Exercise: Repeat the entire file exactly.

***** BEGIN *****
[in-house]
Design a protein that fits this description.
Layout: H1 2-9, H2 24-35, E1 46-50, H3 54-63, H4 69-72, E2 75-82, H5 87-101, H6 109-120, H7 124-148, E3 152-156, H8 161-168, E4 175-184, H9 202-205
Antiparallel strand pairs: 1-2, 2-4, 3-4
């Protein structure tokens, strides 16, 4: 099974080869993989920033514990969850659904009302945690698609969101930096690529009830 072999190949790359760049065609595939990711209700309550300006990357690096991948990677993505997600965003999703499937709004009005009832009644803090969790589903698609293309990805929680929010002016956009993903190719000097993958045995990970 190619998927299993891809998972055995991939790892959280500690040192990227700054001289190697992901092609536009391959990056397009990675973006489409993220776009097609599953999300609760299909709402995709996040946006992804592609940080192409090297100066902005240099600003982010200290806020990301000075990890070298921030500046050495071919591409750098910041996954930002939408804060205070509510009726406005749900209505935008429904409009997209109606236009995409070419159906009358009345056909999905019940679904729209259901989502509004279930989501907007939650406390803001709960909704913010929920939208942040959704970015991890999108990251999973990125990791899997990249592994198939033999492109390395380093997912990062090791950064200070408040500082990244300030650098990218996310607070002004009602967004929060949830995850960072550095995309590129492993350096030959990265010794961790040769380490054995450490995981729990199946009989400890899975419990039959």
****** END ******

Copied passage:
[in-house]
Design a protein that fits this description.
Layout: H1 2-9, H2 24-35, E1 46-50, H3 54-63, H4 69-72, E2 75-82, H5 87-101, H6 109-120, H7 124-148, E3 152-156, H8 161-168, E4 175-184, H9 202-205
Antiparallel strand pairs: 1-2, 2-4, 3-4
């Protein structure tokens, strides 16, 4: 099974080869993989920033514990969850659904009302945690698609969101930096690529009830 072999190949790359760049065609595939990711209700309550300006990357690096991948990677993505997600965003999703499937709004009005009832009644803090969790589903698609293309990805929680929010002016956009993903190719000097993958045995990970 190619998927299993891809998972055995991939790892959280500690040192990227700054001289190697992901092609536009391959990056397009990675973006489409993220776009097609599953999300609760299909709402995709996040946006992804592609940080192409090297100066902005240099600003982010200290806020990301000075990890070298921030500046050495071919591409750098910041996954930002939408804060205070509510009726406005749900209505935008429904409009997209109606236009995409070419159906009358009345056909999905019940679904729209259901989502509004279930989501907007939650406390803001709960909704913010929920939208942040959704970015991890999108990251999973990125990791899997990249592994198939033999492109390395380093997912990062090791950064200070408040500082990244300030650098990218996310607070002004009602967004929060949830995850960072550095995309590129492993350096030959990265010794961790040769380490054995450490995981729990199946009989400890899975419990039959």